A 90-year-old Man With Dysphagia and Extremity Weakness

Jasvinder Chawla, MD, MBA

Disclosures

March 17, 2010

The following laboratory tests were unremarkable: blood count, electrolytes, glucose, blood urea nitrogen and creatinine, liver function, coagulation studies, thyroid function, vitamin B12, A1c, rapid plasma reagin, erythrocyte sedimentation rate, antinuclear antibody, antithyroid antibody, and angiotensin-converting enzyme.

Head computed tomography without contrast revealed minimal diffuse cortical atrophy. The patient subsequently underwent muscle biopsy from the right rectus femoris, as shown in the Figure (trichome stain). Moderate variation in fiber size is seen, with focal inflammation and degeneration with numerous nuclear bags. The trichrome-stained section showed no evidence of ragged red fibers, but there are occasional vacuoles that are very suggestive of rimmed vacuoles. Focal endomysial fibrosis is also seen. The ATPase stains at pH 4.6 and 9.4 reveal all type 1 fiber.

Figure. The trichrome stained section, with rimmed vacuoles and atrophy of the muscle fibers.

Summary

Inclusion-body myositis is a progressive inflammatory skeletal muscle disease of unknown cause and without effective treatment. Inclusion-body myositis is almost 3 times more frequent in men than in women, and the sporadic variant of inclusion-body myositis is the most common muscle disorder in patients older than 50 years. It has a slowly progressive course, with a diagnosis that is delayed by an average of 6 years after symptom onset. There is characteristic involvement of both proximal and distal muscle groups, with early involvement of the quadriceps, wrist and forearm finger flexors, and cricopharyngeal muscles.[1]

Gait abnormality may occur, with weakness involving the quadriceps and foot dorsiflexors. Hand weakness is seen in one tenth of patients, whereas dysphagia is 4 times more common than hand weakness. Myalgias are present in 40% of patients. Muscle weakness is generally symmetrical but can be asymmetrical in one third of patients. The creatine kinase level can be normal to elevated by 10-fold, and inflammatory markers are absent.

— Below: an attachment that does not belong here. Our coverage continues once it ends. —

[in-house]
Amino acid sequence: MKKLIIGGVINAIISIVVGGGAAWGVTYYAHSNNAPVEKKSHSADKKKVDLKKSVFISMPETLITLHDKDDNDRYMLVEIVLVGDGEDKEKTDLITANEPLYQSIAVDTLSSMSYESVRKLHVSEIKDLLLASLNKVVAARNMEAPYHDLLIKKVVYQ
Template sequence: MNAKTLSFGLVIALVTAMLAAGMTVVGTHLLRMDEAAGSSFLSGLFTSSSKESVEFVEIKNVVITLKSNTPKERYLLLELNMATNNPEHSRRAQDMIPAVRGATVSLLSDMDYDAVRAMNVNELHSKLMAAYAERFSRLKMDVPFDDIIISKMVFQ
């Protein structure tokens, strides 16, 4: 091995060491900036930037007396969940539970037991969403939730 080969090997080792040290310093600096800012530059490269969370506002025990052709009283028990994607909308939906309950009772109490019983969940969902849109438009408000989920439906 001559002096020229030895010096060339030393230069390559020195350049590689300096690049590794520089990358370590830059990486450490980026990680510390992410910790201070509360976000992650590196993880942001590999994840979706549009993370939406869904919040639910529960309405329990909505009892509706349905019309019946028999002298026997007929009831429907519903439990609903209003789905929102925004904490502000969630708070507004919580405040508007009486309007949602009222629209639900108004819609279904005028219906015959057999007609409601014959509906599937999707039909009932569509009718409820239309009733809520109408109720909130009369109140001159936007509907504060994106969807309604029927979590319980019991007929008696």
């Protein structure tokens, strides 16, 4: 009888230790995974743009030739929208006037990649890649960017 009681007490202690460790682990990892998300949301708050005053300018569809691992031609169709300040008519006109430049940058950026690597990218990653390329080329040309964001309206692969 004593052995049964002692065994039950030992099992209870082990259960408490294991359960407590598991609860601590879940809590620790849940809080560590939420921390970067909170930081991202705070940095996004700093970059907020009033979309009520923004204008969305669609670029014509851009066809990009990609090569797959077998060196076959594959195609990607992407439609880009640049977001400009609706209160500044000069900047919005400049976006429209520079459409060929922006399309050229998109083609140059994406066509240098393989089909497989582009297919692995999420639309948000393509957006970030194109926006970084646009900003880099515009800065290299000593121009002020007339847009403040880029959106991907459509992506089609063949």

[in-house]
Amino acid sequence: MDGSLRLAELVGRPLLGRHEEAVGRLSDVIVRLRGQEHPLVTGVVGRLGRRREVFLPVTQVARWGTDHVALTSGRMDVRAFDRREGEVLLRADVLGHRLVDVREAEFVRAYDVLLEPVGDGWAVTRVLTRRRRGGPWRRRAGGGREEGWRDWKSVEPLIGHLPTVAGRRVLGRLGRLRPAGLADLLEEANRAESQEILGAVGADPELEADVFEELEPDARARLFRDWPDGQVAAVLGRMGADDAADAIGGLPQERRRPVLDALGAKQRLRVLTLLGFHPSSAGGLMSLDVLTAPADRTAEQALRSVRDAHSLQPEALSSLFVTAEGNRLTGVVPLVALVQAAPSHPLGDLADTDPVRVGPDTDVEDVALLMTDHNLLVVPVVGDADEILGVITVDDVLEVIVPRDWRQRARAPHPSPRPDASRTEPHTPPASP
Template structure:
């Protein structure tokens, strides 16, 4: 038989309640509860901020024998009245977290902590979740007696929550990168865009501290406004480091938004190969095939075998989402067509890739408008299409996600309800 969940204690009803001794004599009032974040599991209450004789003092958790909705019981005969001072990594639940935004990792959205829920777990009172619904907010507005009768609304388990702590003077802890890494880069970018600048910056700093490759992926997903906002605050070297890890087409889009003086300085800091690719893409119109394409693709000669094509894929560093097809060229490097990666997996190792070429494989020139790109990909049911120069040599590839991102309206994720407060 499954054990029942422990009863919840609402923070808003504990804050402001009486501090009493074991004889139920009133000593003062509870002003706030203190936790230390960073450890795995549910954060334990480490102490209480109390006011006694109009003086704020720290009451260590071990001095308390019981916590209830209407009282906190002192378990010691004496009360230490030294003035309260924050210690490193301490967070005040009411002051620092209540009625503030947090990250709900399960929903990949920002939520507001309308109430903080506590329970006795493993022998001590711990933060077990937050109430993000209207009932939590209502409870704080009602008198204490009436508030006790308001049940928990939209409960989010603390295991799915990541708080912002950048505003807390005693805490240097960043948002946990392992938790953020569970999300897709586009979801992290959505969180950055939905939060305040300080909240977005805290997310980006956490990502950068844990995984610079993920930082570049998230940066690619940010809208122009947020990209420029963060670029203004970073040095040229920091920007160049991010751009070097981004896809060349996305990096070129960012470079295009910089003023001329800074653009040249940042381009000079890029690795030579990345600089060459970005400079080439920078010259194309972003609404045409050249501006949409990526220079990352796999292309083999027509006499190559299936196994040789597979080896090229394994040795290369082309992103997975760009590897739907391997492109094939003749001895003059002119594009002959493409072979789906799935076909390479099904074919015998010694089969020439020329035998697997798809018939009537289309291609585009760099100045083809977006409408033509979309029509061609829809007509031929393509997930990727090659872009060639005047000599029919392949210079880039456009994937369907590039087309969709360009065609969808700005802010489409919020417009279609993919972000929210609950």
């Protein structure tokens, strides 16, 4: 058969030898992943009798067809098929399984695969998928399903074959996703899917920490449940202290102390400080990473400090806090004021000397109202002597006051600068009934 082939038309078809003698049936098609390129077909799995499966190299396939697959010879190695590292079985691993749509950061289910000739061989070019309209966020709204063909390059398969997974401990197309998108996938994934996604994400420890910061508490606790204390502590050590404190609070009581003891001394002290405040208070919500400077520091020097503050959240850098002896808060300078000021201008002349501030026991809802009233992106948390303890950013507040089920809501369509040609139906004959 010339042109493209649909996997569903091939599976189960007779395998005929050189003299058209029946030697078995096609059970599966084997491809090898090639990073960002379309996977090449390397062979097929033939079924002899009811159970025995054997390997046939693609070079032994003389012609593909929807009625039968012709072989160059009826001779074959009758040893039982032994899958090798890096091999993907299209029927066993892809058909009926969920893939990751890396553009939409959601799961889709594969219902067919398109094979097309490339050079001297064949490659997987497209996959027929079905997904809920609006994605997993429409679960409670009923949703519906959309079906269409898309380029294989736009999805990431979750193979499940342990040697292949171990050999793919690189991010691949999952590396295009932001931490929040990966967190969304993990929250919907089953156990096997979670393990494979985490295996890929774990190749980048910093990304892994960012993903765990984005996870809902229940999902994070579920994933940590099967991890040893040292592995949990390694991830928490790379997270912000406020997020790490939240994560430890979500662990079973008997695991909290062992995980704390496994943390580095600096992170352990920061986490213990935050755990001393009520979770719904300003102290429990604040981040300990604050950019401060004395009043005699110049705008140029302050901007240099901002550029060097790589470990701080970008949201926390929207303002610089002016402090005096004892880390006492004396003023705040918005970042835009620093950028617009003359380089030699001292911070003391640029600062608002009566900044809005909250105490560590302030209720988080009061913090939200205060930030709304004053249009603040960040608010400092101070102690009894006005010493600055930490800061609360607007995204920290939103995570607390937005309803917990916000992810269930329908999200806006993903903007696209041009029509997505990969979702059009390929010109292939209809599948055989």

Electrophysiologic studies are important to exclude other neurogenic conditions. Some series report coexistent mild axonal neuropathy. Muscle biopsy is helpful in distinguishing inclusion-body myositis from polymyositis by the finding of characteristic microtubular filamentous inclusions on electron microscopy.[2]

Treatment is mainly supportive. It is resistant to corticosteroid and intravenous immunoglobulin treatments. Steroids are used with inclusion-body myositis associated with other connective tissue disease. Some case reports have described the usefulness of intravenous immunoglobulin.[3] However, a consensus statement from the American Association of Neuromuscular & Electrodiagnostic Medicine (AANEM) ad hoc committee did not reveal any convincing support in the use of intravenous immunoglobulin in the treatment of inclusion-body myositis.[4] Most patients are confined to wheelchair within 10 years.[5]

Familial inclusion-body myositis is associated with a similar pattern of involvement of the quadriceps and long finger flexor muscles as in the sporadic variant. In addition, like the sporadic variant, familial inclusion-body myositis is associated with the DR3 and DR15 human leukocyte antigen alleles. Hengstman and colleagues[6] described difficulties with swallowing, walking, and hand dexterity in 2 sisters, aged 77 years and 66 years, who also exhibited features of sensorimotor axonal neuropathy. Hereditary forms of inclusion-body myositis have an earlier age of onset and present either with distal lower extremity weakness with relative sparing of the quadriceps (autosomal recessive form), or with a limb-girdle distribution of muscle involvement (autosomal dominant form). They are unique in that inflammation on muscle biopsy is absent.[7]

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